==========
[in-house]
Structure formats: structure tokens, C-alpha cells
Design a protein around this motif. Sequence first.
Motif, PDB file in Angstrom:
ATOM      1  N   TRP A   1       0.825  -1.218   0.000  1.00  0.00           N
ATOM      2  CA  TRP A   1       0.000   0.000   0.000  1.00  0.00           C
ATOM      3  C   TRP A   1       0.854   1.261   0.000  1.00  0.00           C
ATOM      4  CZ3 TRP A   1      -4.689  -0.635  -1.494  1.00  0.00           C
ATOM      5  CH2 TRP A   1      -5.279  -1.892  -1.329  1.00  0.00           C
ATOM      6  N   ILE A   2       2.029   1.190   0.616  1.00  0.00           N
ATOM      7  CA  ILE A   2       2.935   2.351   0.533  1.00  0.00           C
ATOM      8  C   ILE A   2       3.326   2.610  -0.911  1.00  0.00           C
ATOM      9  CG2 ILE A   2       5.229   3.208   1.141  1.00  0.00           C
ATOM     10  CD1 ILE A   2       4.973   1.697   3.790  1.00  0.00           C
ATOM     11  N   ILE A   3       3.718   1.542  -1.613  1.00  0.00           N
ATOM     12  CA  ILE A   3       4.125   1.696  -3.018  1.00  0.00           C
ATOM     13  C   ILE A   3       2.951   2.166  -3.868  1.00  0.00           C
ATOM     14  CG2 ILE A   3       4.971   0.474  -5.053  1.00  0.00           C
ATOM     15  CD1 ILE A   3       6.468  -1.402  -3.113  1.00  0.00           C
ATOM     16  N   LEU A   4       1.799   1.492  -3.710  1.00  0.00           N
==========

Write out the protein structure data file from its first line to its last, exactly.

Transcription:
[in-house]
Structure formats: structure tokens, C-alpha cells
Design a protein around this motif. Sequence first.
Motif, PDB file in Angstrom:
ATOM      1  N   TRP A   1       0.825  -1.218   0.000  1.00  0.00           N
ATOM      2  CA  TRP A   1       0.000   0.000   0.000  1.00  0.00           C
ATOM      3  C   TRP A   1       0.854   1.261   0.000  1.00  0.00           C
ATOM      4  CZ3 TRP A   1      -4.689  -0.635  -1.494  1.00  0.00           C
ATOM      5  CH2 TRP A   1      -5.279  -1.892  -1.329  1.00  0.00           C
ATOM      6  N   ILE A   2       2.029   1.190   0.616  1.00  0.00           N
ATOM      7  CA  ILE A   2       2.935   2.351   0.533  1.00  0.00           C
ATOM      8  C   ILE A   2       3.326   2.610  -0.911  1.00  0.00           C
ATOM      9  CG2 ILE A   2       5.229   3.208   1.141  1.00  0.00           C
ATOM     10  CD1 ILE A   2       4.973   1.697   3.790  1.00  0.00           C
ATOM     11  N   ILE A   3       3.718   1.542  -1.613  1.00  0.00           N
ATOM     12  CA  ILE A   3       4.125   1.696  -3.018  1.00  0.00           C
ATOM     13  C   ILE A   3       2.951   2.166  -3.868  1.00  0.00           C
ATOM     14  CG2 ILE A   3       4.971   0.474  -5.053  1.00  0.00           C
ATOM     15  CD1 ILE A   3       6.468  -1.402  -3.113  1.00  0.00           C
ATOM     16  N   LEU A   4       1.799   1.492  -3.710  1.00  0.00           N